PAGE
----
SATS information for Parents
New End of Key Stage Assessments – Pupils in Year Two and Year Six
In the summer term of 2018, children in Year 2 and Year 6 will take SATs papers. These tests in English and Maths will reflect the new national curriculum and are intended to be more rigorous. There will also be a completely new marking scheme to replace the existing national curriculum levels.
End of Key Stage One (Year 2)
In the summer term 2018, children at the end of Key Stage 1 will sit SATs papers. That means that if your child is in Year 2, they will be among the first pupils to take the new test.
At the end of Year 2, children will take SATs in:
•English grammar, punctuation and spelling
Key Stage 1 reading
The new reading test for Year 2 pupils will involve two separate papers:
•Paper 1 consists of a selection of texts totalling 400 to 700 words, with questions interspersed
•Paper 2 comprises a reading booklet of a selection of passages totalling 800 to 1100 words. Children will write their answers in a separate booklet
Each paper is worth 50 per cent of the marks and should take around 30 minutes but children will not be strictly timed as the tests are not intended to assess children’s ability to work at speed. The texts in the reading papers will cover a range of fiction, non-fiction and poetry and will get progressively more difficult towards the end of the test. Teachers will have the option to stop the test at any point that they feel is appropriate for a particular child.
There will be a variety of question types:
•Ranking/ordering, e.g. ‘Number the events below to show in which order they happened in the story’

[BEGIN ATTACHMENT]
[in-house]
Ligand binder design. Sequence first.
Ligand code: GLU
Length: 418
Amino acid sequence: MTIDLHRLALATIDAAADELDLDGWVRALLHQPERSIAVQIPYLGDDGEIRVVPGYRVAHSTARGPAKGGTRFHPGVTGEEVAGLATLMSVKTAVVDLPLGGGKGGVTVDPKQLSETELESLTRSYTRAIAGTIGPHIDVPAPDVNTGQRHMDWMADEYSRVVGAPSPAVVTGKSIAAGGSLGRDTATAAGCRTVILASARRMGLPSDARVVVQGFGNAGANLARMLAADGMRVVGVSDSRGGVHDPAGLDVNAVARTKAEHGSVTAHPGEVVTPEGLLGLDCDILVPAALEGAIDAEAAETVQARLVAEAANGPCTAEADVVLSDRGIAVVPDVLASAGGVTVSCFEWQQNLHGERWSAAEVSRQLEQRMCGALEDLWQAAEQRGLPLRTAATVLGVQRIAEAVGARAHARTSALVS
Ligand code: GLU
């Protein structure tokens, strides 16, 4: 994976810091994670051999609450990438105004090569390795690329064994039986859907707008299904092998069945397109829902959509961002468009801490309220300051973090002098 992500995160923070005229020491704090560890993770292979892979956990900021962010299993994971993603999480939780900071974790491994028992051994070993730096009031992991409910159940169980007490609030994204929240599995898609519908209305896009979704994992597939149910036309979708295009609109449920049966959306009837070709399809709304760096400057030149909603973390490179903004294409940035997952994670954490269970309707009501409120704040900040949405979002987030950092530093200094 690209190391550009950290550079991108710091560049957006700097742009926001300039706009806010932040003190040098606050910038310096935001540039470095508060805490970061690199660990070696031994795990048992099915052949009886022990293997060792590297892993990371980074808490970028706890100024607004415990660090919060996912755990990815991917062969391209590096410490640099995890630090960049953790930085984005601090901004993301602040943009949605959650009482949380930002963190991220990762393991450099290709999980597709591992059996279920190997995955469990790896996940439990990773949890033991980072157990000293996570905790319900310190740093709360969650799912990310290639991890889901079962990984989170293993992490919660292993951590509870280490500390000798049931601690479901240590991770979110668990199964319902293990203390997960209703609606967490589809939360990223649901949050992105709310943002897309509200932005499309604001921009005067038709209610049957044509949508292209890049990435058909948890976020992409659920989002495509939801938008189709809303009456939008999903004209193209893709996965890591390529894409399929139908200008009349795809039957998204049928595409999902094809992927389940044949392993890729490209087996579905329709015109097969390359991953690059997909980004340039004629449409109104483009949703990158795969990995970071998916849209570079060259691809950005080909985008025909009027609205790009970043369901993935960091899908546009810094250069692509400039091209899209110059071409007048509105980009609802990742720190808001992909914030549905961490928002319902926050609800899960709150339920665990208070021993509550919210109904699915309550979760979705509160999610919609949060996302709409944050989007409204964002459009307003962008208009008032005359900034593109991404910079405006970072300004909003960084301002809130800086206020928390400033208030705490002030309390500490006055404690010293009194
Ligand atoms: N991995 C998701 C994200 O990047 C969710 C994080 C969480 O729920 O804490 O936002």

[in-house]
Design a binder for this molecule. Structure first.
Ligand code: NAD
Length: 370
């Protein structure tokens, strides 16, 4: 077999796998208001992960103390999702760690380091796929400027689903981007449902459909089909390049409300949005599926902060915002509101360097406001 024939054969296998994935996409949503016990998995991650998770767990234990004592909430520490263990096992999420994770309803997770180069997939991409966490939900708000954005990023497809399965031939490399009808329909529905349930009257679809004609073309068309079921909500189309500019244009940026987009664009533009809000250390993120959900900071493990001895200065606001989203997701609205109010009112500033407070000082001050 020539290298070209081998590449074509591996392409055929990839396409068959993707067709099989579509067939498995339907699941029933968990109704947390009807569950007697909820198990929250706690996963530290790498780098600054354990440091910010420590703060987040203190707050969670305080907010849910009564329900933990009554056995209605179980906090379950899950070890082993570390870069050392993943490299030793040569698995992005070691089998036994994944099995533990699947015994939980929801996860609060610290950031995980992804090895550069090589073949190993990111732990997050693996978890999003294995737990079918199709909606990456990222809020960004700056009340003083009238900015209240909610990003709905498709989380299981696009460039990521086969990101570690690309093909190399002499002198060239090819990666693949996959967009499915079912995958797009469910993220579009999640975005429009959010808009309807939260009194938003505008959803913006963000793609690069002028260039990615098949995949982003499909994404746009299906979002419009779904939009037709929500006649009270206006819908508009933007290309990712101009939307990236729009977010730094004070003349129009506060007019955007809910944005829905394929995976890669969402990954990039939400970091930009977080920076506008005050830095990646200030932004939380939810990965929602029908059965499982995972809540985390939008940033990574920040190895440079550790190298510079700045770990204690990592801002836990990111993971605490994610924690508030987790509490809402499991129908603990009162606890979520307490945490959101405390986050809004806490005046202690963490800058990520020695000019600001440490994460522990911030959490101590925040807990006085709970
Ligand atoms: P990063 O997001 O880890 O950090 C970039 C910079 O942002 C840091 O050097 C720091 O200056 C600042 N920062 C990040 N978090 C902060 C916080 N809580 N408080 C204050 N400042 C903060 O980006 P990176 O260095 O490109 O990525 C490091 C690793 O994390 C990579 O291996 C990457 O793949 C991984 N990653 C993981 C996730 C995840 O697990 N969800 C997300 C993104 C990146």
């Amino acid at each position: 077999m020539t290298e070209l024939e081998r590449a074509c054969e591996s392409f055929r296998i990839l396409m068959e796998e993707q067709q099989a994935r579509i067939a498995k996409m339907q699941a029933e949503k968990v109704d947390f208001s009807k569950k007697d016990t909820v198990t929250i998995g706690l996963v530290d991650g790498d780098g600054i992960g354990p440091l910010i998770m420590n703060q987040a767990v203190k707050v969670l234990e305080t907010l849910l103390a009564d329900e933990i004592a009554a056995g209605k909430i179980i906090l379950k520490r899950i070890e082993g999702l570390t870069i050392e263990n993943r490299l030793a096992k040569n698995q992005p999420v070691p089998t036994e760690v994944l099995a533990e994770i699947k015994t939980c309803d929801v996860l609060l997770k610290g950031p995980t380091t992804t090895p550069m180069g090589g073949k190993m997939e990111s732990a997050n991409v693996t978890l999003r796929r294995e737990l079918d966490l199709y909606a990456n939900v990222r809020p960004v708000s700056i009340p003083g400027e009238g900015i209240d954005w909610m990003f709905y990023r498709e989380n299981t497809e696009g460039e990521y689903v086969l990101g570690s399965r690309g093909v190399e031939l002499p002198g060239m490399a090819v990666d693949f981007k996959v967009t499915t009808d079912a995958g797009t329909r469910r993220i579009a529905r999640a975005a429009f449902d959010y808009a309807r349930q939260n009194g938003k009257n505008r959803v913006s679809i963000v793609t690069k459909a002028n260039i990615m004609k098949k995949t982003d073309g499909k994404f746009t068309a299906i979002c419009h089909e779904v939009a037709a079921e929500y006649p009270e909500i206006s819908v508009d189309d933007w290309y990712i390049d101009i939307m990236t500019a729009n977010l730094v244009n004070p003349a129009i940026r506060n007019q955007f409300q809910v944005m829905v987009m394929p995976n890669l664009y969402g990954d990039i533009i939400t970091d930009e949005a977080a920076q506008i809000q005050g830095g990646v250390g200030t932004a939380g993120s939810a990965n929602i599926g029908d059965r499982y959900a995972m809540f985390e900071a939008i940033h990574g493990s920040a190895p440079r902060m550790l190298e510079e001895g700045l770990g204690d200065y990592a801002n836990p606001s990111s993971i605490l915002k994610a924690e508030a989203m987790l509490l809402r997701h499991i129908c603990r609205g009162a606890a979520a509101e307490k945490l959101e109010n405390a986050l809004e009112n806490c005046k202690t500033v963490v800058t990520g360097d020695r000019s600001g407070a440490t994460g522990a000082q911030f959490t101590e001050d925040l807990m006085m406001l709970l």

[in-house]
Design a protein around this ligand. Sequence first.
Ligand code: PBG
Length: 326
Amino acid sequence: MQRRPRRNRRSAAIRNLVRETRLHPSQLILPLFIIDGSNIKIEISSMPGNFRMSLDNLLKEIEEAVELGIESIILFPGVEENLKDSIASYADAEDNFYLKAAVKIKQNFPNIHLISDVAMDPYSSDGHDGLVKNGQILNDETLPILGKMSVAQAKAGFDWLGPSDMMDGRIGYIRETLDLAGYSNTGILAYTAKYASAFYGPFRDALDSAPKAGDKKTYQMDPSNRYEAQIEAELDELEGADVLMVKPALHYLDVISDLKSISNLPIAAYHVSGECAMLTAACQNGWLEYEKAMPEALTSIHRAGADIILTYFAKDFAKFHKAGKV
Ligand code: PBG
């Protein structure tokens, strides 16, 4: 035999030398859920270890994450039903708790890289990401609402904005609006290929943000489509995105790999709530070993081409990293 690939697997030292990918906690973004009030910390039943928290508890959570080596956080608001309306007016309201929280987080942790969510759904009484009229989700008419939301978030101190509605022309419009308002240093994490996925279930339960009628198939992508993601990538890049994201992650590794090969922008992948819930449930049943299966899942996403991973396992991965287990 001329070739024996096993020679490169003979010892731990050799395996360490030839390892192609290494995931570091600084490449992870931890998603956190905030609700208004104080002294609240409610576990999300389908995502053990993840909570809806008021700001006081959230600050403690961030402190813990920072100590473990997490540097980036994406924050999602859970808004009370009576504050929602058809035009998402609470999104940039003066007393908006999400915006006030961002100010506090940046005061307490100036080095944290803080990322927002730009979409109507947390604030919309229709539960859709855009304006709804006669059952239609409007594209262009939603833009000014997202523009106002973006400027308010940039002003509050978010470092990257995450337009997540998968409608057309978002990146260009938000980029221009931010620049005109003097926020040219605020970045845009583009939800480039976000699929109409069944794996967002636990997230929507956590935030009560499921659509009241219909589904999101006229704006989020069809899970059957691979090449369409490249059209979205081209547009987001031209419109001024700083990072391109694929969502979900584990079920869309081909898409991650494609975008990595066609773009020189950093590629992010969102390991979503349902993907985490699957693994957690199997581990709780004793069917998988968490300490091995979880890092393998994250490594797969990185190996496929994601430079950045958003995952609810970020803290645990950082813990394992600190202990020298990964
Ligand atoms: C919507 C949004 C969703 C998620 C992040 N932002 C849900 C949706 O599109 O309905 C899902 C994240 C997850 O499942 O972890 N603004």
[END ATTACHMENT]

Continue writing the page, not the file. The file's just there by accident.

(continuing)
•Matching, e.g. ‘Match the character to the job that they do in the story’
•Labelling, e.g. ‘Label the text to show the title’
•Find and copy, e.g. ‘Find and copy one word that shows what the weather was like in the story’
•Short answer, e.g. ‘What does the bear eat?’
•Open-ended answer, e.g. ‘Why did Lucy write the letter to her grandmother? Give two reasons’
Key Stage 1 grammar, spelling and punctuation
Children taking Key Stage 1 SATs will sit two separate papers in grammar, spelling and punctuation:
•Paper 1: a 20-word spelling test taking approximately 15 minutes and worth 10 marks.
•Paper 2: a grammar, punctuation and vocabulary test in two sections of around 10 minutes each (with a break between if necessary) worth 20 marks. This will involve a mixture of selecting the right answers e.g. through multiple choice, and writing short answers.
Key Stage 1 maths
The new Key Stage 1 maths test will comprise two papers:
•Paper 1: arithmetic, worth 25 marks and taking around 15 minutes.
•Paper 2: mathematical fluency, problem-solving and reasoning, worth 35 marks and taking 35 minutes with a break if necessary. There will be a variety of question types: multiple choice, matching, true/false, constrained (e.g. completing a chart or table; drawing a shape) and less constrained (e.g. where children have to show or explain their method).
Children will not be able to use any tools such as calculators or number lines.
How will the tests be marked?
Although the tests are set externally, they will be marked by teachers within the school. Instead of the old national curriculum levels, children will be given a standardised score – although this may not be communicated to parents. Teacher assessments will also be used to build up a picture of your child’s learning and achievements. In addition, your child will receive an overall result saying whether they have achieved the required standard in the tests. The Department for Education aims for 85 per cent of children to reach the required standard.
End of Key Stage One (Year Two) Test Dates:
To be confirmed
End of Key Stage Two (Year 6)
At the end of Year 6, children will sit tests in: Reading, maths, spelling, punctuation and grammar. These tests will be both set and marked externally and the results will be used to measure the school’s performance (for example, through reporting to Ofsted and published league tables).